Tesla Claims Model S Driving Logs Show NYT Reporter Worked To Kill Its Battery

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As promised, Tesla CEO and founder Elon Musk has fired back against New York Times reporter John M. Broder's ill-fated test drive of the Model S, and he has done so with data logs from the car. And these logs appear, at least, to contradict some of what Broder wrote in his story.

Musk's response to the Times' drive, which was meant to test the company's Supercharger stations in the northeast, was posted on Tesla's website late Wednesday night. It is an extremely detailed response with graphs and various charts that pinpoint the differences between events reported in Broder's story and what the car recorded. Musk initially called the story "fake"; he now has data he says backs up that claim. 

Musk said that after the debacle with Top Gear a few years ago, the company has carefully logged all data from media drives.


If the logs are in fact accurate, then Broder exceeded the speeds he reported in the story, never fully charged the car when he had multiple opportunities to do so, turned up his climate control when he said he lowered it, and even drove in circles in a parking lot for five minutes in what Musk said was an attempt to kill the battery.

Here are some of the "key facts," as Musk sees them: 

  • As the State of Charge log shows, the Model S battery never ran out of energy at any time, including when Broder called the flatbed truck.

    The final leg of his trip was 61 miles and yet he disconnected the charge cable when the range display stated 32 miles. He did so expressly against the advice of Tesla personnel and in obvious violation of common sense.

    In his article, Broder claims that “the car fell short of its projected range on the final leg.” Then he bizarrely states that the screen showed “Est. remaining range: 32 miles” and the car traveled “51 miles," contradicting his own statement (see images below). The car actually did an admirable job exceeding its projected range. Had he not insisted on doing a nonstop 61-mile trip while staring at a screen that estimated half that range, all would have been well. He constructed a no-win scenario for any vehicle, electric or gasoline.

    On that leg, he drove right past a public charge station while the car repeatedly warned him that it was very low on range.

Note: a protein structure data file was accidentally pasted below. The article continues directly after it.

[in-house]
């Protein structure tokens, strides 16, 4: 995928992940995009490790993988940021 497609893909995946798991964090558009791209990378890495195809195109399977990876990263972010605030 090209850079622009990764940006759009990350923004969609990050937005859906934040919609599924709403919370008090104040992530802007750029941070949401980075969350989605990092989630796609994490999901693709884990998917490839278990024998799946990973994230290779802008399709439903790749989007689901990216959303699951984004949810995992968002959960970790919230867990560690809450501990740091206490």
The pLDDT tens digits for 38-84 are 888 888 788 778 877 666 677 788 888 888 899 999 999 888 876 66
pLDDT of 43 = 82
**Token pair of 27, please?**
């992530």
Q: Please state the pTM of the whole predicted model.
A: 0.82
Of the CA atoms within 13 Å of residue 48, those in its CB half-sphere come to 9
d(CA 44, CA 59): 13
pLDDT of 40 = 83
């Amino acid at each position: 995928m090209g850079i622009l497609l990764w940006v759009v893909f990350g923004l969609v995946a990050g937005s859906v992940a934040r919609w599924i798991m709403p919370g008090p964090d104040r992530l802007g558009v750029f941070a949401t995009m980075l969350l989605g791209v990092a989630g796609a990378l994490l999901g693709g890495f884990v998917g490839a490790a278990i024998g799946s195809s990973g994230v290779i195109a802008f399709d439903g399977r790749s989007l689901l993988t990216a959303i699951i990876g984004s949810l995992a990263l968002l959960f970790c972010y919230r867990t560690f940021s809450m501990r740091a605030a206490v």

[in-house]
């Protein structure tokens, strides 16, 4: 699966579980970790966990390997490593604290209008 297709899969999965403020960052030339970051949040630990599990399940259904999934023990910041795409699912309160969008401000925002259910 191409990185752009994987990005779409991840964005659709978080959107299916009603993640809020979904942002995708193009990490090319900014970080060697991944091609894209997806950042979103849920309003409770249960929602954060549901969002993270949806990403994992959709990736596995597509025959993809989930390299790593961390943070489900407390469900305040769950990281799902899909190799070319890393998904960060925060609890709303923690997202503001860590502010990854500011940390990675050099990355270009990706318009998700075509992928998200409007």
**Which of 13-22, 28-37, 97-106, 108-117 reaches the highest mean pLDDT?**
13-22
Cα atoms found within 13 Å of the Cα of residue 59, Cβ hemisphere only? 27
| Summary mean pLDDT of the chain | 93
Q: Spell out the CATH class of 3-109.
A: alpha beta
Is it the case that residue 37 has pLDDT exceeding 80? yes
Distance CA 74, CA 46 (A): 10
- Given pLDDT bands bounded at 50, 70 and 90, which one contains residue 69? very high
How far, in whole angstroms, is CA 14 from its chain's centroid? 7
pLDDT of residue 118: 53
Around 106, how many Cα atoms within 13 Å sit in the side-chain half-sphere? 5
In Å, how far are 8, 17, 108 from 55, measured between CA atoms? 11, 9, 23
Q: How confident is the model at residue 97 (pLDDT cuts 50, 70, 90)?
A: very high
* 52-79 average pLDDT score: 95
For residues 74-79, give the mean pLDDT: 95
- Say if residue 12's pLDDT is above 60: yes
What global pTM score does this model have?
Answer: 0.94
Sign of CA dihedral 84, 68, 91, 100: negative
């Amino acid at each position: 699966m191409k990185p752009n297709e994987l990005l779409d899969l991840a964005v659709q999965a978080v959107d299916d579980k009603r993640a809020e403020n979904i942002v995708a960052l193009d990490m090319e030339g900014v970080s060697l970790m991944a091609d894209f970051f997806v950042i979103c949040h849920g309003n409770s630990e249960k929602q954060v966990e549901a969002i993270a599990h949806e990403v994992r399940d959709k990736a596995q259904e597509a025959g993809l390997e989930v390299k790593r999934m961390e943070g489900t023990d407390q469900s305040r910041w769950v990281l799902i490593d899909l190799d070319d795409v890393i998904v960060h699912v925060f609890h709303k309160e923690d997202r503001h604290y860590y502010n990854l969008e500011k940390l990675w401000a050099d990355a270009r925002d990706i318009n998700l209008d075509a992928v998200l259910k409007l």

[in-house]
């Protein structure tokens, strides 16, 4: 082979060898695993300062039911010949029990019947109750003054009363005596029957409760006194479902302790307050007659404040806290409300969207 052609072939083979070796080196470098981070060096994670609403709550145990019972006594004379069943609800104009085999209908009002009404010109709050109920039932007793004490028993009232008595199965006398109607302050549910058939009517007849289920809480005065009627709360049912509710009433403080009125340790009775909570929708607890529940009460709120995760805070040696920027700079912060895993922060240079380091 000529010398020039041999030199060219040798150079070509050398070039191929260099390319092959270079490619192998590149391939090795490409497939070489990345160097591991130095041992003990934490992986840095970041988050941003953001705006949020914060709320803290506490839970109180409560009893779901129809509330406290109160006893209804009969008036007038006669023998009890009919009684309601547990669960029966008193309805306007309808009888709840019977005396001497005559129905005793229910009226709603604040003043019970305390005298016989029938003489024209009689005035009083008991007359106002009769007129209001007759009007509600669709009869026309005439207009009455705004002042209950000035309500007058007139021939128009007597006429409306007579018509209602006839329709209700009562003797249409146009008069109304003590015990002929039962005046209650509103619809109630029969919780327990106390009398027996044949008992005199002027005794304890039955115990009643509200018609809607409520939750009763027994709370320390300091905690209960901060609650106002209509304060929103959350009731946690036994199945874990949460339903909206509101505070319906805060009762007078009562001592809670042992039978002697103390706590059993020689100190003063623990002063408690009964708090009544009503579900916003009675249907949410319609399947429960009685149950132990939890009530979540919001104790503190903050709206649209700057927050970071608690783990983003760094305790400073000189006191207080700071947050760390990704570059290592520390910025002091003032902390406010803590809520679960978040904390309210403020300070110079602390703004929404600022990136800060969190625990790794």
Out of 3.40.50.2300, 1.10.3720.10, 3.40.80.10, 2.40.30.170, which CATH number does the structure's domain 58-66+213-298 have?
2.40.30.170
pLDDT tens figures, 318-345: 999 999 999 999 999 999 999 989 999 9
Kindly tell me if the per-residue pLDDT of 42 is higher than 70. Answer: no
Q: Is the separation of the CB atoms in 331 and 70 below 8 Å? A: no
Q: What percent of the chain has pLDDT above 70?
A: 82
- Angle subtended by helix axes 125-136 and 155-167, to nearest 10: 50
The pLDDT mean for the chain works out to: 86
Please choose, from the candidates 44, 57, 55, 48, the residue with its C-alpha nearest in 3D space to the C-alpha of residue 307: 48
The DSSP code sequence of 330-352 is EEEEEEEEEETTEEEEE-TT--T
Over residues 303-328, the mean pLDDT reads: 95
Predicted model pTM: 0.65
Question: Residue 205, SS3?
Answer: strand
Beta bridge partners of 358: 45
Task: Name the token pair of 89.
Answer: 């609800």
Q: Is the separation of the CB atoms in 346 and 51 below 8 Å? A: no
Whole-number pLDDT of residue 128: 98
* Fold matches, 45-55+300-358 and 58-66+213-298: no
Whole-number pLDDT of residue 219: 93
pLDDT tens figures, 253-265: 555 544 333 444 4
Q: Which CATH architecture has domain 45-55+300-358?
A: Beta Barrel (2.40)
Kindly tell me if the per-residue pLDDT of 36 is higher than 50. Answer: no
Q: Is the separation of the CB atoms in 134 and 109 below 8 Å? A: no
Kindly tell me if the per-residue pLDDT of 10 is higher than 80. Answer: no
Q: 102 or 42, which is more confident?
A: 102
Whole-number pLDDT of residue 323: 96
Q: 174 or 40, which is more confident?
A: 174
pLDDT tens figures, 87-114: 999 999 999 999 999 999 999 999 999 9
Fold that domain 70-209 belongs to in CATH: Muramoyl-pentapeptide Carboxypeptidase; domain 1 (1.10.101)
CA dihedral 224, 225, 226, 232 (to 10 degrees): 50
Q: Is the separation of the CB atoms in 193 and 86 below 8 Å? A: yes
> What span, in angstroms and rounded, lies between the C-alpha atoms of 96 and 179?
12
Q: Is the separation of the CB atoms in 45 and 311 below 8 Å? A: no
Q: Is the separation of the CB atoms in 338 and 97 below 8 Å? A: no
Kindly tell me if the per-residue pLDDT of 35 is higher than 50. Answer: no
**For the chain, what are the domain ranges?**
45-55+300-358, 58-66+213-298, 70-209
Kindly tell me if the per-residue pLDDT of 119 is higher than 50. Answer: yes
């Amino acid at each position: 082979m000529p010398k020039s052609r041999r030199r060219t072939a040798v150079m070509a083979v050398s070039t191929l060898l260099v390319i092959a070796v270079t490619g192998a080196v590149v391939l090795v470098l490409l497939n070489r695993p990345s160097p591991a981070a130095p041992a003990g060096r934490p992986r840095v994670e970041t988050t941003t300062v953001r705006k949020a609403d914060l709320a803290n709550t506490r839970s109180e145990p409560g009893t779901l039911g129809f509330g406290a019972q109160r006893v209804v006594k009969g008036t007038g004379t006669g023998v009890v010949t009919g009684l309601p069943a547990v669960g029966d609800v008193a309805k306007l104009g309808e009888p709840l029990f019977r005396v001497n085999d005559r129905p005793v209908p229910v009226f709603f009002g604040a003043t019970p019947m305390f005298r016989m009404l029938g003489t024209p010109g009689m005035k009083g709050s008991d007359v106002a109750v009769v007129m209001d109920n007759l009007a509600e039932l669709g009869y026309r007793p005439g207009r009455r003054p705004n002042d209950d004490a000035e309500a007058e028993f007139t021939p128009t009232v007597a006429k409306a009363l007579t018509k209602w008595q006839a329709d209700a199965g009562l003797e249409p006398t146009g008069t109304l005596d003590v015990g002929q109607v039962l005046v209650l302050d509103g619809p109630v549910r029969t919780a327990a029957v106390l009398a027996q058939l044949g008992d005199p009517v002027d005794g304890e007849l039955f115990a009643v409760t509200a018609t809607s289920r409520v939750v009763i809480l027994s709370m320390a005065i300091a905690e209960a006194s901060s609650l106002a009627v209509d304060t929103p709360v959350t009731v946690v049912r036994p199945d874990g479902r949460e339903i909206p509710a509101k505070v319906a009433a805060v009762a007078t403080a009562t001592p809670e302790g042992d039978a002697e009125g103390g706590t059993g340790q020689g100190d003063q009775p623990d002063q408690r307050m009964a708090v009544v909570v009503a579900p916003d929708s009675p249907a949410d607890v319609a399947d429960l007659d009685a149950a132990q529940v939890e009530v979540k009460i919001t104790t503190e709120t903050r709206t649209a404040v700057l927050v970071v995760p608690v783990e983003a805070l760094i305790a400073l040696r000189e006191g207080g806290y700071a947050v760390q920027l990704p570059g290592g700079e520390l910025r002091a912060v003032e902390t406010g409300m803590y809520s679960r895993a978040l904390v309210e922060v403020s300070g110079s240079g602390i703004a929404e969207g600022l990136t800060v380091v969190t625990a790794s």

Cruise control was never set to 54 mph as claimed in the article, nor did he limp along at 45 mph. Broder in fact drove at speeds from 65 mph to 81 mph for a majority of the trip and at an average cabin temperature setting of 72 F.

    At the point in time that he claims to have turned the temperature down, he in fact turned the temperature up to 74 F.

    The charge time on his second stop was 47 mins, going from -5 miles (reserve power) to 209 miles of Ideal or 185 miles of EPA Rated Range, not 58 mins as stated in the graphic attached to his article. Had Broder not deliberately turned off the Supercharger at 47 mins and actually spent 58 mins Supercharging, it would have been virtually impossible to run out of energy for the remainder of his stated journey.

    For his first recharge, he charged the car to 90%. During the second Supercharge, despite almost running out of energy on the prior leg, he deliberately stopped charging at 72%. On the third leg, where he claimed the car ran out of energy, he stopped charging at 28%. Despite narrowly making each leg, he charged less and less each time. Why would anyone do that?

    The above helps explain a unique peculiarity at the end of the second leg of Broder’s trip. When he first reached our Milford, Connecticut Supercharger, having driven the car hard and after taking an unplanned detour through downtown Manhattan to give his brother a ride, the display said "0 miles remaining." Instead of plugging in the car, he drove in circles for over half a mile in a tiny, 100-space parking lot. When the Model S valiantly refused to die, he eventually plugged it in. On the later legs, it is clear Broder was determined not to be foiled again.